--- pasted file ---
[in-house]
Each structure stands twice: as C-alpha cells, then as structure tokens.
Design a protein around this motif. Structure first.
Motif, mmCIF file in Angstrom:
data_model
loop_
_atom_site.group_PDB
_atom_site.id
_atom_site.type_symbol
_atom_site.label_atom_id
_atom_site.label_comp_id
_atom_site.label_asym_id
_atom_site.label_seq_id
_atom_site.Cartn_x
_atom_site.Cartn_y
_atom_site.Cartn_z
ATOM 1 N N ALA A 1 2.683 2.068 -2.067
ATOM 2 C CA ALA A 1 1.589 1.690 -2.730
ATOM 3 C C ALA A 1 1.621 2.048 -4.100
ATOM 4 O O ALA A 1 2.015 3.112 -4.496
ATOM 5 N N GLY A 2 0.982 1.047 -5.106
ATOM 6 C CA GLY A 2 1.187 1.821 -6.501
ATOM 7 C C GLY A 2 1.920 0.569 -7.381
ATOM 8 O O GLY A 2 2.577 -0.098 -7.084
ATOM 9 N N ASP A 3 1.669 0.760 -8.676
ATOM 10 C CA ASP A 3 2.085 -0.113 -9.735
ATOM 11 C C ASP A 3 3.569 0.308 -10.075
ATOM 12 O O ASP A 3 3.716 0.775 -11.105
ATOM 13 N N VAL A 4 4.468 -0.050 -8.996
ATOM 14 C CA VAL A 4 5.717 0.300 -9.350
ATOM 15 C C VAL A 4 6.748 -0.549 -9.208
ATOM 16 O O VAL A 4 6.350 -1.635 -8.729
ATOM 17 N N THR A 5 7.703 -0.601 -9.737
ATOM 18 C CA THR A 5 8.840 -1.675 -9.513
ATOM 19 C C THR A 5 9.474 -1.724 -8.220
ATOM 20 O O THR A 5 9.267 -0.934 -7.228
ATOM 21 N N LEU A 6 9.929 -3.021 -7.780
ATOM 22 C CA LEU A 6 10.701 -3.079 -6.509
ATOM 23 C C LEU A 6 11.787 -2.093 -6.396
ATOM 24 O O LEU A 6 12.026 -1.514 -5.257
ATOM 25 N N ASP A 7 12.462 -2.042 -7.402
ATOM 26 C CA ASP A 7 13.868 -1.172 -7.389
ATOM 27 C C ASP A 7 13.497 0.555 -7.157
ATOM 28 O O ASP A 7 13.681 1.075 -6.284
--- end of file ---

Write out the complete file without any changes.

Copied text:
[in-house]
Each structure stands twice: as C-alpha cells, then as structure tokens.
Design a protein around this motif. Structure first.
Motif, mmCIF file in Angstrom:
data_model
loop_
_atom_site.group_PDB
_atom_site.id
_atom_site.type_symbol
_atom_site.label_atom_id
_atom_site.label_comp_id
_atom_site.label_asym_id
_atom_site.label_seq_id
_atom_site.Cartn_x
_atom_site.Cartn_y
_atom_site.Cartn_z
ATOM 1 N N ALA A 1 2.683 2.068 -2.067
ATOM 2 C CA ALA A 1 1.589 1.690 -2.730
ATOM 3 C C ALA A 1 1.621 2.048 -4.100
ATOM 4 O O ALA A 1 2.015 3.112 -4.496
ATOM 5 N N GLY A 2 0.982 1.047 -5.106
ATOM 6 C CA GLY A 2 1.187 1.821 -6.501
ATOM 7 C C GLY A 2 1.920 0.569 -7.381
ATOM 8 O O GLY A 2 2.577 -0.098 -7.084
ATOM 9 N N ASP A 3 1.669 0.760 -8.676
ATOM 10 C CA ASP A 3 2.085 -0.113 -9.735
ATOM 11 C C ASP A 3 3.569 0.308 -10.075
ATOM 12 O O ASP A 3 3.716 0.775 -11.105
ATOM 13 N N VAL A 4 4.468 -0.050 -8.996
ATOM 14 C CA VAL A 4 5.717 0.300 -9.350
ATOM 15 C C VAL A 4 6.748 -0.549 -9.208
ATOM 16 O O VAL A 4 6.350 -1.635 -8.729
ATOM 17 N N THR A 5 7.703 -0.601 -9.737
ATOM 18 C CA THR A 5 8.840 -1.675 -9.513
ATOM 19 C C THR A 5 9.474 -1.724 -8.220
ATOM 20 O O THR A 5 9.267 -0.934 -7.228
ATOM 21 N N LEU A 6 9.929 -3.021 -7.780
ATOM 22 C CA LEU A 6 10.701 -3.079 -6.509
ATOM 23 C C LEU A 6 11.787 -2.093 -6.396
ATOM 24 O O LEU A 6 12.026 -1.514 -5.257
ATOM 25 N N ASP A 7 12.462 -2.042 -7.402
ATOM 26 C CA ASP A 7 13.868 -1.172 -7.389
ATOM 27 C C ASP A 7 13.497 0.555 -7.157
ATOM 28 O O ASP A 7 13.681 1.075 -6.284